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5.13 Disabilities and Learning Difficulties


Chapter 1: Assessing need and providing help, Working Together to Safeguard Children

Safeguarding Disabled Children Practice Guidance published by the Department for Children, Schools and Families, in July 2009

Mental Health and Behaviour in Schools (DfE)


Use of Interpreters, Signers or Others with Communication Skills Procedure


This chapter was extensively updated in November 2017 and should be read throughout.


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  Practice Guidance for Professionals


  1. It is a fundamental principle that children with disabilities and learning difficulties have the same right as children without disabilities and learning difficulties to be protected from harm and abuse and that standard procedures should be followed for Referrals, Single Assessment and, when appropriate, Strategy Discussions/Meetings (local processes for including disability and learning difficulty specialists in the safeguarding processes will vary). However in order to ensure that the welfare of children with disabilities is safeguarded and promoted, it needs to be recognised that additional action is required in particular assessing and addressing their equality needs in line with the Equality Act duties. This is because children with disabilities and learning difficulties have additional needs related to physical, sensory, cognitive and/or communication requirements and many of the problems they face are caused by negative attitudes, prejudice and unequal access to things necessary for a good quality of life.
  2. Children with disabilities and learning difficulties are likely to have poorer outcomes across a range of indicators including low educational attainment, poorer access to health services, poorer health outcomes and more difficult transitions to adulthood. They are more likely to suffer family break up and are significantly over-represented in the populations of looked after children and young offenders.
  3. Where children with disabilities and learning difficulties are looked after they are more likely to be placed in residential care rather than family settings, which in turn increases their vulnerability to abuse.
  4. Families with children with disabilities are more likely to experience poverty and children with special educational needs are more likely to be excluded from school, (70% of all permanent exclusions are for pupils with SEND).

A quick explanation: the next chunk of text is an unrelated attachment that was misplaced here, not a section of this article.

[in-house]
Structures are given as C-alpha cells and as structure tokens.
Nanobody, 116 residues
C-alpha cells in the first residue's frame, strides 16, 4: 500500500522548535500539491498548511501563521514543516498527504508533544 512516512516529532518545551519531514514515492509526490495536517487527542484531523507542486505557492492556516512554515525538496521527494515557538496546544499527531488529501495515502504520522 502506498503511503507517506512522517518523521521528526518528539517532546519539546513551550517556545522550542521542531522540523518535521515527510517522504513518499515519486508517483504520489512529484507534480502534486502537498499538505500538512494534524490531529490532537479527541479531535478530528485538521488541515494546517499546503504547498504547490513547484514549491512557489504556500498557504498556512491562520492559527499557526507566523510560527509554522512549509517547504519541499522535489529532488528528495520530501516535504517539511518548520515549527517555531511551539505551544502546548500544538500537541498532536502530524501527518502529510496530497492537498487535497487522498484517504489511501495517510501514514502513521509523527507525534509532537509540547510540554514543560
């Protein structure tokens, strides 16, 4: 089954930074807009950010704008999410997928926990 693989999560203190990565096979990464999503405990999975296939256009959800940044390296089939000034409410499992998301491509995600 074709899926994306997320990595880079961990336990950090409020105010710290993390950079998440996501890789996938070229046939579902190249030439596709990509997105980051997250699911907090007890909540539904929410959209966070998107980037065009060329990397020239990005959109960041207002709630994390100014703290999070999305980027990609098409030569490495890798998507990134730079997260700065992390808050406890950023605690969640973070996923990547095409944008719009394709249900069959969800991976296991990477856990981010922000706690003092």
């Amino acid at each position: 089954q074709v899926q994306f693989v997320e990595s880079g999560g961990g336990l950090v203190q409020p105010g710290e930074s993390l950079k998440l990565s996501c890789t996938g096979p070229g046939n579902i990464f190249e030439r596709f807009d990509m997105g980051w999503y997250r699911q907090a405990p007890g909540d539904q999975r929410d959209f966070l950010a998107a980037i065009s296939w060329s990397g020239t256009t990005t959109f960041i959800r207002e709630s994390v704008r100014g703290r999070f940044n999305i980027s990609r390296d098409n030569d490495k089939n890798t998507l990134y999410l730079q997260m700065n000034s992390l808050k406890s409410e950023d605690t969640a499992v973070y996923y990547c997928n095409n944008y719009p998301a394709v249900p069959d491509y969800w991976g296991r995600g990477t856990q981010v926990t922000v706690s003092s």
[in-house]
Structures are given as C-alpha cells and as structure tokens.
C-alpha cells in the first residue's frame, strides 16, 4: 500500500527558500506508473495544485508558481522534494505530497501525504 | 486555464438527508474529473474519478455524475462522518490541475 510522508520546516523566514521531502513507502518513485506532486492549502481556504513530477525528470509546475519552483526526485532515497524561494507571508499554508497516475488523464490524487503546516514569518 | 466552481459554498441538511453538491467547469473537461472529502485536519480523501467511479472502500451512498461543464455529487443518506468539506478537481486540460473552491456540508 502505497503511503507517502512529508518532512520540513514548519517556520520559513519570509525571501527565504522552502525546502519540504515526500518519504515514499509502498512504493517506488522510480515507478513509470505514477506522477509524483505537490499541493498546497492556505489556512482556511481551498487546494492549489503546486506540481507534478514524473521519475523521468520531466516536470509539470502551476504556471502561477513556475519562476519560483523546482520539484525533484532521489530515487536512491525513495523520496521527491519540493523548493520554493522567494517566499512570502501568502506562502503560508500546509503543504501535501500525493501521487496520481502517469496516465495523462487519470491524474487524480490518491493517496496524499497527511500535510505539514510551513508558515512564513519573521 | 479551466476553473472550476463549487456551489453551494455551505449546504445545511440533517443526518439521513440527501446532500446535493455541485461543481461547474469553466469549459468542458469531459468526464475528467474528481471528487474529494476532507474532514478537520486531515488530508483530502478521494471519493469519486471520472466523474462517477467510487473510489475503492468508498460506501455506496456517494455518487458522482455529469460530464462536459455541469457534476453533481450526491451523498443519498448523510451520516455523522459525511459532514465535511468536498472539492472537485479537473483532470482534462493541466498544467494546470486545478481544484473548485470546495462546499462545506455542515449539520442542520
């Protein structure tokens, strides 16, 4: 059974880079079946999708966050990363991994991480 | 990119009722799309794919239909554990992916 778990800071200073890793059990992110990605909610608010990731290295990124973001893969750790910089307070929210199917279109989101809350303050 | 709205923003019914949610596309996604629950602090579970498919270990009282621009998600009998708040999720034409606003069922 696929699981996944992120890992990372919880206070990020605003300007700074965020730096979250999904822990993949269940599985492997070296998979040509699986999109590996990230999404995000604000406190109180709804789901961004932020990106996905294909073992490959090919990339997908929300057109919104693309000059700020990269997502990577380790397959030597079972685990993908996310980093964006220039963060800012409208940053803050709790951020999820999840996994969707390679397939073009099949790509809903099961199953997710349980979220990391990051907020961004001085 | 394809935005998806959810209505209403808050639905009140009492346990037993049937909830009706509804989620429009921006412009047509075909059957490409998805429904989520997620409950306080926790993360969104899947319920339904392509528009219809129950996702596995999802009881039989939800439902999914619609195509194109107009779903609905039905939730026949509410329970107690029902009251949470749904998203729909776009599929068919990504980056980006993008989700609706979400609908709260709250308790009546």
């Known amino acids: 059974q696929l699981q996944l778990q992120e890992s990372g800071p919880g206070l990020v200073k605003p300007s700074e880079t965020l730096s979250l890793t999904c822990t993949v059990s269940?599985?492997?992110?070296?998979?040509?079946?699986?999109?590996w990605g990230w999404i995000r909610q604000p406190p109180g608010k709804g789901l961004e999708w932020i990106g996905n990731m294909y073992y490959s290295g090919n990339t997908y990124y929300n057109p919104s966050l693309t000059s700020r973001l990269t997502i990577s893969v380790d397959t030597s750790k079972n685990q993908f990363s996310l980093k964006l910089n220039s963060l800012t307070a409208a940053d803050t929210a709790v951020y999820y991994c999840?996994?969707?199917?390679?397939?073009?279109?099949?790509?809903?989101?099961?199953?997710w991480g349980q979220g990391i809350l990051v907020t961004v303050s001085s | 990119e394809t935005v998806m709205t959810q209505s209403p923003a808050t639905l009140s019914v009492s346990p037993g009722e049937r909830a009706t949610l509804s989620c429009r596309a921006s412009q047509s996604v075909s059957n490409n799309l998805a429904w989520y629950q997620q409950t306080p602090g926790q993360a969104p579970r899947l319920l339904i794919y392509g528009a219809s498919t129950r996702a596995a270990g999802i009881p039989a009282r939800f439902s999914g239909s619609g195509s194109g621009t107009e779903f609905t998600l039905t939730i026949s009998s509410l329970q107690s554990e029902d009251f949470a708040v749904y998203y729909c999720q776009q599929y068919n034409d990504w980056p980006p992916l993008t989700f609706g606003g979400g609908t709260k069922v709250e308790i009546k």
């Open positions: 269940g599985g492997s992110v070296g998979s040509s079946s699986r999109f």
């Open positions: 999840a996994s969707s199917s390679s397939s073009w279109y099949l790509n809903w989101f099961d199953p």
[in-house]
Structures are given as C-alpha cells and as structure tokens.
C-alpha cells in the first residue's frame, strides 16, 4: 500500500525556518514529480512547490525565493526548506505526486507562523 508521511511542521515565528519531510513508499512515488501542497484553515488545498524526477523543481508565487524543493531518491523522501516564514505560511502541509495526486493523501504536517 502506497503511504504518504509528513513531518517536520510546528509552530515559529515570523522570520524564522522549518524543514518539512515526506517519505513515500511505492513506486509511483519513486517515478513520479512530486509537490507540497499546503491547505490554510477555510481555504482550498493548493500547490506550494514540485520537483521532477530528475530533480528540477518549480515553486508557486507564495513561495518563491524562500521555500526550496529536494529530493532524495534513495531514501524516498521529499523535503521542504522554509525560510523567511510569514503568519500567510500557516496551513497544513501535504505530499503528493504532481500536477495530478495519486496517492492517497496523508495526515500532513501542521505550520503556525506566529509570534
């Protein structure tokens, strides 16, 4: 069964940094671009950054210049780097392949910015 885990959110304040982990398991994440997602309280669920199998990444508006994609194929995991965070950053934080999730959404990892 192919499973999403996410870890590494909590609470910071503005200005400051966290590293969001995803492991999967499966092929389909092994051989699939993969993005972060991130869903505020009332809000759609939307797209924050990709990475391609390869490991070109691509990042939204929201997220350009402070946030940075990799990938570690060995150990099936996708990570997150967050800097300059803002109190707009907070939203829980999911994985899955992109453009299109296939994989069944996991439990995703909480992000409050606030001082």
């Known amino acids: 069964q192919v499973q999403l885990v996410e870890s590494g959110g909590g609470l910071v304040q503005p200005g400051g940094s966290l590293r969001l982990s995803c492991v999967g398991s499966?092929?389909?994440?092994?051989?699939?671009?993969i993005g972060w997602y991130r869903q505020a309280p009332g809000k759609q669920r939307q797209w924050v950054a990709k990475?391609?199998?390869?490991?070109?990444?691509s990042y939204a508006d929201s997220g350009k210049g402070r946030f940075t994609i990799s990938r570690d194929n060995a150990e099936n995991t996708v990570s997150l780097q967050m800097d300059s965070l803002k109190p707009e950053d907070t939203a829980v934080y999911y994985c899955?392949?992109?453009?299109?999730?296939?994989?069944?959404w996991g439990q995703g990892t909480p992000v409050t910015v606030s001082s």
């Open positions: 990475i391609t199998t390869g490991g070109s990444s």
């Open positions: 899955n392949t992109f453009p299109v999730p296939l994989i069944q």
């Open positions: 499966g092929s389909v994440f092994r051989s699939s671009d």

5. Research evidence suggests that children with disabilities and learning difficulties are at increased risk of abuse and neglect, and that the presence of multiple disabilities and difficulties appears to increase the risk of both abuse and neglect, yet they are underrepresented in safeguarding systems. Children with disabilities and learning difficulties can be abused and neglected in ways that other children cannot and the early indicators suggestive of abuse and neglect can be more complicated than for children with disabilities. Research evidence also indicates that the indicators of abuse and neglect for children with disabilities and learning difficulties can sometimes be confused with their conditions leading to delays in identifying abuse or neglect.
  6. Whilst the practice guidance does not identify specific groups of children with disabilities or learning difficulties, particular reference is made to children with speech, language and communication needs. This includes those who use non-verbal means of communication as well a wider group of children who have difficulties communicating with others.
  7. The guidance emphasises the critical importance of communication with children with disabilities and learning difficulties including recognising that all children communicate preferences if asked in the right way by those who understand their needs and have the skills to listen to them. Research evidence suggests that overreliance on the preferences communicated by parents/carers rather than through communicating with the child or observations can make it more difficult to identify and assess whether a child is suffering from abuse or neglect.
  8. Various definitions of disability and learning are used across agencies and professionals. Agreement between specialists on diagnosing a condition and it’s of level of severity can make it more difficult to understand and provide for the additional needs the child may have. Whatever definition of 'disability' or ‘learning difficulty’ is used, the key issue is not what the definition is but the impact of abuse or neglect on a child's health and development, and consideration of how best to safeguard and promote the child's welfare. The definition of abuse and neglect is universal.

Practice Guidance for Professionals

  1. The reasons why children with disabilities and difficulties are more vulnerable to abuse are summarised below:
    • Many children with disabilities and learning difficulties are at an increased likelihood of being socially isolated with fewer outside contacts than children without disabilities and learning difficulties;